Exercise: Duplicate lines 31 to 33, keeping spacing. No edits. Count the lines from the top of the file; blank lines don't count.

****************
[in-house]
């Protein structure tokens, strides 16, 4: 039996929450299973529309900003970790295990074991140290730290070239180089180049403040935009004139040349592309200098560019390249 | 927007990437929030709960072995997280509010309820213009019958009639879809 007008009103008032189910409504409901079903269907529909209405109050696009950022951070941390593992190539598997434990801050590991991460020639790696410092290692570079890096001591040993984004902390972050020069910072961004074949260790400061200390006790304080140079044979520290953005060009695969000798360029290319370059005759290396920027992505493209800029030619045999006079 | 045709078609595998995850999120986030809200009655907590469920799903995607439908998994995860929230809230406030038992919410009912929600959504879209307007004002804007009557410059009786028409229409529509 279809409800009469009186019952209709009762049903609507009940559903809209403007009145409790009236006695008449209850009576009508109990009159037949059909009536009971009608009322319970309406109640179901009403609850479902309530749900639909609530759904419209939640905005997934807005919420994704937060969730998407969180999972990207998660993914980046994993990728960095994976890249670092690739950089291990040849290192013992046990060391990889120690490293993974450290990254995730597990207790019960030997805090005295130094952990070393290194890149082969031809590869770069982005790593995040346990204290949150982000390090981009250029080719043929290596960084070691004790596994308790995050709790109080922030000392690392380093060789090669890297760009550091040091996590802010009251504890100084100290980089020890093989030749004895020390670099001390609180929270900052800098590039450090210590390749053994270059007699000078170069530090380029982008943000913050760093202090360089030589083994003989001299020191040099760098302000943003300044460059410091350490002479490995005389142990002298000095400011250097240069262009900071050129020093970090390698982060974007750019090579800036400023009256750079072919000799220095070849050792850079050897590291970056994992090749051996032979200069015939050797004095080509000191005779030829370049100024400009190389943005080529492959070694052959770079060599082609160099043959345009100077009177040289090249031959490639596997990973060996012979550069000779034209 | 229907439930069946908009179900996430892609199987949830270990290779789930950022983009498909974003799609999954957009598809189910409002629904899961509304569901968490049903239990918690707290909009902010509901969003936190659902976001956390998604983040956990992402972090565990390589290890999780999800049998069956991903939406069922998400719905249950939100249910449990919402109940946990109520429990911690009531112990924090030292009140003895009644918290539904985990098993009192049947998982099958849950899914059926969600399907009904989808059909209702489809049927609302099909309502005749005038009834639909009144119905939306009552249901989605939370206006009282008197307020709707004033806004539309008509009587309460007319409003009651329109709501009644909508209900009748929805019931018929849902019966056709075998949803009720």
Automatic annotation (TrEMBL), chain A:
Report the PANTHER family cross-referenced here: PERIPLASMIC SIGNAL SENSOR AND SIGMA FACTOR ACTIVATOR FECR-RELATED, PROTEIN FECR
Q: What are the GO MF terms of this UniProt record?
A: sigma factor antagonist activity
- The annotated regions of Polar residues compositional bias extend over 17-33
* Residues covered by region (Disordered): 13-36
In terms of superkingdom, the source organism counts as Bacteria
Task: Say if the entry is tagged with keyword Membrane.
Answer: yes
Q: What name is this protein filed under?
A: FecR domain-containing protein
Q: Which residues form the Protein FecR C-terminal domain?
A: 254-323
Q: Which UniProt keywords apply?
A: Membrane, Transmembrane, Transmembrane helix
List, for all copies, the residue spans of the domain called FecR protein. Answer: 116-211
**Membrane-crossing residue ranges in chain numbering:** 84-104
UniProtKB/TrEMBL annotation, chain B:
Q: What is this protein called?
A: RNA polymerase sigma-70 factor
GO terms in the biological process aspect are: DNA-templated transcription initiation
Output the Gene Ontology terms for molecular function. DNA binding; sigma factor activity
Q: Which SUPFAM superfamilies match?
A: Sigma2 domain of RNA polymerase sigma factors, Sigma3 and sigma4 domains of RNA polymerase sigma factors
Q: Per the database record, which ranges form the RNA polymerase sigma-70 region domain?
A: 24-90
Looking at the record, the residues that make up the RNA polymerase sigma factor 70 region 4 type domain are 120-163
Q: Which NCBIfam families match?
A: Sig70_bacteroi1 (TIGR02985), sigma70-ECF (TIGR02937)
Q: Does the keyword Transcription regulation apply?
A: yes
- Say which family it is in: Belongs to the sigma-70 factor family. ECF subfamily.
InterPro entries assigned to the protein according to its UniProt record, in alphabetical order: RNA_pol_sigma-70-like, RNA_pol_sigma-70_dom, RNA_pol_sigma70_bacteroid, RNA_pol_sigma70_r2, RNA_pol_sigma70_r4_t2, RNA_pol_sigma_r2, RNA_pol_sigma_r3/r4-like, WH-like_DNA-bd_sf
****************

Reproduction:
A: Sig70_bacteroi1 (TIGR02985), sigma70-ECF (TIGR02937)
Q: Does the keyword Transcription regulation apply?
A: yes